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As the public becomes increasingly design literate, packaging design needs to talk to potential customers. Even in ‘difficult’ product categories such as sanpro and condoms, packs are no longer afraid to declare their contents.

A new, up-front stance is emerging in packaging design as consumers become better informed and more confident about their choices.

This is particularly true of product categories such as sanpro and contraception. Products that once hid shyly behind their brand names or coy, confusing concepts are moving to centre stage.

The driving force is two-fold. First, san-pro products now have all kinds of gizmos, absorbencies, shapes and surfaces. Clarity of information and choice is paramount. Second, consumers are demonstrating a new pragmatism. Now visually literate, they know when they are being sold to.

It used to be a lot easier as a consumer to ask the shop assistant for Lil-lets rather than a box of tampons – or for Durex instead of a packet of condoms. Brand names offered discretion. But packaging is no longer afraid to declare its contents.

Lil-lets’ relaunched packaging throws caution to the wind. Brewer Riddiford, designers of both the old and new Lil-lets packs, has helped the brand to do a complete about turn. The old pack was beautifully bashful: once the cellophane was removed, the brand name disappeared. The consumer was left with a smart, unmarked blue box. Discretion was the brand’s point of difference.

Today there can be no doubt about the contents of these bright-blue packs. The cellophane has gone and Lil-lets is emblazoned across the front of the pack. With plentiful information about innovative tampon developments, there’s nothing shy about this packaging. It is confident and straightforward.

That’s not the case with Durex. Its packaging, designed by Pea Green Boat, looks like it has walked straight out of the Seventies, with an attitude to match. The branding is strong, but the product names are as uninformative as Mills & Boon imagery. What is Elite? – posh sex? In contrast to Mates, Durex is coy to the point of embarrassment.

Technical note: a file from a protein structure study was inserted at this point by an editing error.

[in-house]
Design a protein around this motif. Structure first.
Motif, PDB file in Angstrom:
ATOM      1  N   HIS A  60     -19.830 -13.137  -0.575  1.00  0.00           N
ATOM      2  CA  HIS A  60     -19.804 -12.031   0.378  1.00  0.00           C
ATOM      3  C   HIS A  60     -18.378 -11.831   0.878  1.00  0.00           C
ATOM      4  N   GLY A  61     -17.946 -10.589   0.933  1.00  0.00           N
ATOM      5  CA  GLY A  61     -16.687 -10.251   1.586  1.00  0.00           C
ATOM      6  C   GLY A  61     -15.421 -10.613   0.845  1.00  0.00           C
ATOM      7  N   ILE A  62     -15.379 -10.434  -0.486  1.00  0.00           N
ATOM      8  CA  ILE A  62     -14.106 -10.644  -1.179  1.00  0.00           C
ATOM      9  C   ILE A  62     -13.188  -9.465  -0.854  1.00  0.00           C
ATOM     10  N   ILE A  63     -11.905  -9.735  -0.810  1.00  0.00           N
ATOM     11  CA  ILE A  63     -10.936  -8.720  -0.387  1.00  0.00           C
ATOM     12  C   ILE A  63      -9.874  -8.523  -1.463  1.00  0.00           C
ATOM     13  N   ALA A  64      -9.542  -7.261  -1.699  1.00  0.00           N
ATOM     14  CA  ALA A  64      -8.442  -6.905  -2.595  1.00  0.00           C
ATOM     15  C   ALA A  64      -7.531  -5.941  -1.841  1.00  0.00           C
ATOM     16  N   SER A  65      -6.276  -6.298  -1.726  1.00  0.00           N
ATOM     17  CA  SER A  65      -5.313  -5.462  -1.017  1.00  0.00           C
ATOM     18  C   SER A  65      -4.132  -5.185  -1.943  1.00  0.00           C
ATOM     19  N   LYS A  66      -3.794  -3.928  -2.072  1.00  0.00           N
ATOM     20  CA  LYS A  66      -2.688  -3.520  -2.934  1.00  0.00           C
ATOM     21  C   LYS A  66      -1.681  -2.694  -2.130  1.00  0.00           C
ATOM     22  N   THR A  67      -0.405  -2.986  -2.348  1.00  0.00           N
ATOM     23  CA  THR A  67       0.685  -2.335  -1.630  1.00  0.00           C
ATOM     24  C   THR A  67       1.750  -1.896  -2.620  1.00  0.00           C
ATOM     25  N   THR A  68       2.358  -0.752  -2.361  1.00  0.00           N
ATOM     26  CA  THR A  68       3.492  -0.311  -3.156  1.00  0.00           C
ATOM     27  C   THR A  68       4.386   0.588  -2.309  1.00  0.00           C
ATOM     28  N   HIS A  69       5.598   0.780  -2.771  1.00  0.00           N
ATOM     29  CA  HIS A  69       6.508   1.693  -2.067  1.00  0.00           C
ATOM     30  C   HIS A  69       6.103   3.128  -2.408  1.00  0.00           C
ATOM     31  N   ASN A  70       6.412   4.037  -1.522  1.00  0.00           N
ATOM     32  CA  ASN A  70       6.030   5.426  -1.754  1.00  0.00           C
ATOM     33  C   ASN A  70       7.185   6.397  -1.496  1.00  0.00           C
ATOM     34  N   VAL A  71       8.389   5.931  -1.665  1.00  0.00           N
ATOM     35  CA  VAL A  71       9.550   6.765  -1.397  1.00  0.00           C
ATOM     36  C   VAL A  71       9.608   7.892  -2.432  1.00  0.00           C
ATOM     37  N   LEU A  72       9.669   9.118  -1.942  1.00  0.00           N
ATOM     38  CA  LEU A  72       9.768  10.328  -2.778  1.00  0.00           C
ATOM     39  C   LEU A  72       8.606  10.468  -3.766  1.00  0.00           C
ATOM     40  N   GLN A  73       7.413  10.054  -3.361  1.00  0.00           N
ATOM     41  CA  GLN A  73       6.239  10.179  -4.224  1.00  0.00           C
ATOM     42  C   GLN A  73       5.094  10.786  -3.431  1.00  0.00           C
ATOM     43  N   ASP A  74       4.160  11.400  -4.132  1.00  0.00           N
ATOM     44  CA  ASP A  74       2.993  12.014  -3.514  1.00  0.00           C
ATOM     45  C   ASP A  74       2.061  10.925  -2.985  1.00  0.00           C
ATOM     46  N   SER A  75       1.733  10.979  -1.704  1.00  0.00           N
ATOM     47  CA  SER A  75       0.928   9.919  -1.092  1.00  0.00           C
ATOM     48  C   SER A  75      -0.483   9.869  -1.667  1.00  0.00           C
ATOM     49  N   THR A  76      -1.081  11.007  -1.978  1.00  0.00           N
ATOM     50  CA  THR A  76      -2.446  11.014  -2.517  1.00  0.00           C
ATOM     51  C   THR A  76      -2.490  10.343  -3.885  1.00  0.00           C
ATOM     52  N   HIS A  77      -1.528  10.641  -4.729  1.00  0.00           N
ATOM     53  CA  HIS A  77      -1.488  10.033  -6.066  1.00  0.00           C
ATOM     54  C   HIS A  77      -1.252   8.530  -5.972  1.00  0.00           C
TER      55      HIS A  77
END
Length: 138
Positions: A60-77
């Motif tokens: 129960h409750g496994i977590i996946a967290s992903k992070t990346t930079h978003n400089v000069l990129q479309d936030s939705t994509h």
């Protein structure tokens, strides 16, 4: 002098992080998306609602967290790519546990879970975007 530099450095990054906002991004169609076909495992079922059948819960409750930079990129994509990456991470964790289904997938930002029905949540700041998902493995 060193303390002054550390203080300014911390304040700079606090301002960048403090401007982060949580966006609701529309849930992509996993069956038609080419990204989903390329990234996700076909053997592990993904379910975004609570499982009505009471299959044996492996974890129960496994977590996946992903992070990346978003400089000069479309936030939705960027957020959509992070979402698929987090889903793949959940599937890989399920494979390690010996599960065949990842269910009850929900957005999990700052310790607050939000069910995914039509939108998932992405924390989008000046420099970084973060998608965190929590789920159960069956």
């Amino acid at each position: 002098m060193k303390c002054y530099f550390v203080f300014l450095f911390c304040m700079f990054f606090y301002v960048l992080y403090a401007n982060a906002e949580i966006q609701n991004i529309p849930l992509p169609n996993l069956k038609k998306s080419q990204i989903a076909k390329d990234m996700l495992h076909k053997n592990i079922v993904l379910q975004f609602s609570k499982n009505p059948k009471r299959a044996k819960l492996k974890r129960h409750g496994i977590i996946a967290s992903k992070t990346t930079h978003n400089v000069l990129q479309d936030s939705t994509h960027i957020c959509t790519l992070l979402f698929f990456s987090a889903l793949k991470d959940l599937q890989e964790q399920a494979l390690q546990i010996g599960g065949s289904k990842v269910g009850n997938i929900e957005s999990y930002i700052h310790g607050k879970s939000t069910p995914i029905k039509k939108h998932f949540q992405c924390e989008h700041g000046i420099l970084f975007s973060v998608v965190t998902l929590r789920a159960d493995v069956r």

The new Mates, designed by Blue Marlin, has grown up. The brash red and white pack of the Eighties has become sleek silver. Confusing symbols have gone and a diagram of the product itself now appears. Clearly, condoms are no longer taboo. But the copy and coding lack confidence. We know what the product looks like, but will consumers want it? If one product is Ultra Safe then what are the others – high risk?

The problems are not confined to “difficult” products. In the crowded haircare market, Organics has claimed a patch of territory. Designed by Mike Cassidy & Associates, the strident colour and upfront product benefits shown on the pack declare that it is a no nonsense brand.

But compare it to Finesse. The packaging features the original US bottle and graphics and appears to have no unique proposition or benefit. With nothing intelligent to say, designers are hard-pushed to create anything but a bland pack.

Lil-lets, Mates and Organics may have intelligent pack designs, but do they go far enough? Lil-lets is courageous, but where does the brand’s point of difference lie? Meanwhile, Mates is yet to openly declare that some of the products are aimed at homosexuals. The Organics design may be distinctive but misses a trick. Today’s women want the lot. The brand proposition hits the mark, but where’s the emotional appeal?

However, the innovation which has been introduced points to a new kind of designer: pragmatic, bold and intelligent.

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